Yet it isn’t right, in the end, to say nothing happens. Something does happen: an orchestra is rehearsed, and a concert is given. The effect on the concert audience is tremendous. However much as the film satirizes the vanities and impostures of the artist, and as well the nobility ascribed, and privileges accorded, to artists by their admirers (“What did you have in your head… what visions of eternity?” asks his manager, and Sir Alfred replies: “You’d be enormously surprised if you knew.”), it ultimately also reinscribes the power of artistry, no matter how depraved its maker. Had Sir Alfred committed murder or suicide later that night, it would still be true that he’d given that concert. Even his nebbishy brother-in-law is moved to unaccustomed emotion by the music’s force.
Here, then, is the point of Unfaithfully Yours’ finest moment, and one of the greatest in all Sturges’ art – the encounter with Sweeney, the detective who loves music, and Sir Alfred’s in particular, with such redeeming influence that despite his degrading avocation he is a Buddha among men, a creature of pure forgiveness and understanding. Sweeney is therefore able to do what no one else in the film can: halt Sir Alfred’s torrential bullying, and put the conductor into contact with his own sadness. If Unfaithfully Yours has seemed a morbid diversion, now suddenly we see the point of contact with Sturges’ own earlier work, for this evokes Sullivan’s Travels. Sweeney the detective is Unfaithfully’s equivalent of the audience of chain-gang prisoners who laugh at the Disney film and by doing so remind Sullivan, Sturges’ previous stand-in, of what he was put on earth to do. Both films ultimately avow their maker’s own vitality, though Unfaithfully Yours is the darker for suggesting art may swirl in a vortex of self-indulgence and sycophancy, just as love may forever be shrouded in doubt as to the knowability of the other. If in The Beatles’ formulation “the love you make is equal to the love you take”, Sturges suggests “the concert you give – and the joy with which you romance your wife – is equal to any number of tantrums, trashed hotel rooms, and even a near-murder.” Equal to, not greater than. The happy ending is only a matter of the end of the equation on which he put the emphasis.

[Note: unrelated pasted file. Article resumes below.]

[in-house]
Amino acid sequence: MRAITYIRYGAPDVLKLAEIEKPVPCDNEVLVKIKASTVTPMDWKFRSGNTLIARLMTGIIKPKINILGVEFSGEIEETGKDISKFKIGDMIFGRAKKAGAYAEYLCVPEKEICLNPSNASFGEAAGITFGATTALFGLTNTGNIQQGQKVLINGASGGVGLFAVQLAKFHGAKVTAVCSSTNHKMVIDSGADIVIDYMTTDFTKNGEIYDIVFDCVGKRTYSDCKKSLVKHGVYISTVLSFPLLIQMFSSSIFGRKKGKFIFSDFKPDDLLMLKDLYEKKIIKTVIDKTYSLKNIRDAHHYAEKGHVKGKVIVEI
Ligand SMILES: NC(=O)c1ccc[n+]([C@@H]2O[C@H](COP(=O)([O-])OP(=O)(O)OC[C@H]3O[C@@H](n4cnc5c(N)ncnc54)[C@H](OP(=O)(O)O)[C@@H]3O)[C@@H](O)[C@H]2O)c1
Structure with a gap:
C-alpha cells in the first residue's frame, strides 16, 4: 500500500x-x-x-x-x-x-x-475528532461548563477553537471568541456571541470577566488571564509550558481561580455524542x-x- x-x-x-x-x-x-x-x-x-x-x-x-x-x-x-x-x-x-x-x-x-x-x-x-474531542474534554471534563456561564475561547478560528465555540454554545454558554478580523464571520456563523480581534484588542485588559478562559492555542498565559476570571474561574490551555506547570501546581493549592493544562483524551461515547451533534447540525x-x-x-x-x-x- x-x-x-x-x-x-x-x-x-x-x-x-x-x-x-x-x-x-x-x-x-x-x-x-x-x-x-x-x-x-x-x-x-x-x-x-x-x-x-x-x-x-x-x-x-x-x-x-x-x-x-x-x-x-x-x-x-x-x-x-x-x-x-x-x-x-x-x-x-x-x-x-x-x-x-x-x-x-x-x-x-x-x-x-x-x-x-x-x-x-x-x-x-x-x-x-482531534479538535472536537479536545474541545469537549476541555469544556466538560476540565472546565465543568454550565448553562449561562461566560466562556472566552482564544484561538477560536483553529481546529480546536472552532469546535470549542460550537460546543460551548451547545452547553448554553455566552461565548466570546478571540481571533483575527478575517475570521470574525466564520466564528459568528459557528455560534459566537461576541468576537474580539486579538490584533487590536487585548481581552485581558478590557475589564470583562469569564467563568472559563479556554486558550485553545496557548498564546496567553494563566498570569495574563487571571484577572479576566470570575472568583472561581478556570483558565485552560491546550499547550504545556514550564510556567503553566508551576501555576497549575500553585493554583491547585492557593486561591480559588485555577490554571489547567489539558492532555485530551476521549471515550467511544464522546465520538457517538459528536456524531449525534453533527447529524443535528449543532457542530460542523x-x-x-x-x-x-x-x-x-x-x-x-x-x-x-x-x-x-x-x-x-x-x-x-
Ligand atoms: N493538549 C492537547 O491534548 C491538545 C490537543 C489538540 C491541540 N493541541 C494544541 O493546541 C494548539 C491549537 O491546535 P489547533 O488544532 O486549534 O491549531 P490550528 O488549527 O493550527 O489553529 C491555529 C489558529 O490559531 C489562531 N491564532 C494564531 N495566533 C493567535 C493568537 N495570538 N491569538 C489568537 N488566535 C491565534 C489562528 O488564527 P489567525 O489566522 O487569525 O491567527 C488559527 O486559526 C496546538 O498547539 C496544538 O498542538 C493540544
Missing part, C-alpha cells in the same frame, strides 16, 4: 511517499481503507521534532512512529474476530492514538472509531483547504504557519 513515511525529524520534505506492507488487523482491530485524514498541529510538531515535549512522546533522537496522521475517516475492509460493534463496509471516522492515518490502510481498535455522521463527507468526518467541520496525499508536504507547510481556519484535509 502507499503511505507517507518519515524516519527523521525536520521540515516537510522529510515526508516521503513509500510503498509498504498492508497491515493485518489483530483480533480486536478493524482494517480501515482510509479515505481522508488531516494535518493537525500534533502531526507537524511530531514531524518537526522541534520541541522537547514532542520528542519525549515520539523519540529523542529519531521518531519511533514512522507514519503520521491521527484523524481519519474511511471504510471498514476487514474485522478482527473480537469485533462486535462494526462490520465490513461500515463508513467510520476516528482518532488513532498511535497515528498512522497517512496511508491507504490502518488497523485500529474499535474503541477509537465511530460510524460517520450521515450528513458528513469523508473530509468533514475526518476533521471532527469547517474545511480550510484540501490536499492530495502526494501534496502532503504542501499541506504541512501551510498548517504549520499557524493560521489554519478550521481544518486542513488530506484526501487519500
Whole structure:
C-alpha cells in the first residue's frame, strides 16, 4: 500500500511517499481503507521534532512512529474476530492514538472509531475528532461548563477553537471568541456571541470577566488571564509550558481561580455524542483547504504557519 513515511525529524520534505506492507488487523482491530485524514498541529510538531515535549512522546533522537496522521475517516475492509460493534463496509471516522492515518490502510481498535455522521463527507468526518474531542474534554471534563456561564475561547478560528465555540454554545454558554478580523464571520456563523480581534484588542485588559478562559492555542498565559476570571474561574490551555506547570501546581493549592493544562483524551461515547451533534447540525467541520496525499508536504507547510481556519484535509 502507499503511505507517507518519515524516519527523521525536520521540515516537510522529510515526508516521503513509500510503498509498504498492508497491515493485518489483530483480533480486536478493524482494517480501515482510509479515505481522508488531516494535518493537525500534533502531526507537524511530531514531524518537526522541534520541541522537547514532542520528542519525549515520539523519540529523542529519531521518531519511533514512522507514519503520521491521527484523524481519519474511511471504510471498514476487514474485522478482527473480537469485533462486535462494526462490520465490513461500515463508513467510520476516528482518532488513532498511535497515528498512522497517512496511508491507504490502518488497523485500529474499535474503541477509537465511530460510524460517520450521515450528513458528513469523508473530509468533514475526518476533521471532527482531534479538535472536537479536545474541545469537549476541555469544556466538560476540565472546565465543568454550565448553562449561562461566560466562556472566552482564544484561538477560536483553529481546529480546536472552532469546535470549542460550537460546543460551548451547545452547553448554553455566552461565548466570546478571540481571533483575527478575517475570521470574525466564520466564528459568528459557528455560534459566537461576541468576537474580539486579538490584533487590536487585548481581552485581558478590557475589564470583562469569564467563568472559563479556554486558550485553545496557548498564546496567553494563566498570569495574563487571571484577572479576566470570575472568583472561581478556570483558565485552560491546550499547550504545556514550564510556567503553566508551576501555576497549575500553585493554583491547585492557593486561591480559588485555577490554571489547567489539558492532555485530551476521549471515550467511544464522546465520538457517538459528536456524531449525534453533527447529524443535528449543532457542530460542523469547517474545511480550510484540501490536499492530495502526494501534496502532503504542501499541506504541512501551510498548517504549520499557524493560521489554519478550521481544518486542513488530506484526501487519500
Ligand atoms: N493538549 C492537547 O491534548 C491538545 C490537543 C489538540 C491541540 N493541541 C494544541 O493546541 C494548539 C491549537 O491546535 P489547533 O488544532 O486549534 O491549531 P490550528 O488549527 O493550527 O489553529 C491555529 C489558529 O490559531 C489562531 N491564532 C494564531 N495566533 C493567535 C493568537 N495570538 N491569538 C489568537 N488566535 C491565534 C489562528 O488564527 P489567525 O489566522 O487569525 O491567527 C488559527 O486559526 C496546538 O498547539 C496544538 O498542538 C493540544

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Criterion Collection liner notes, 2004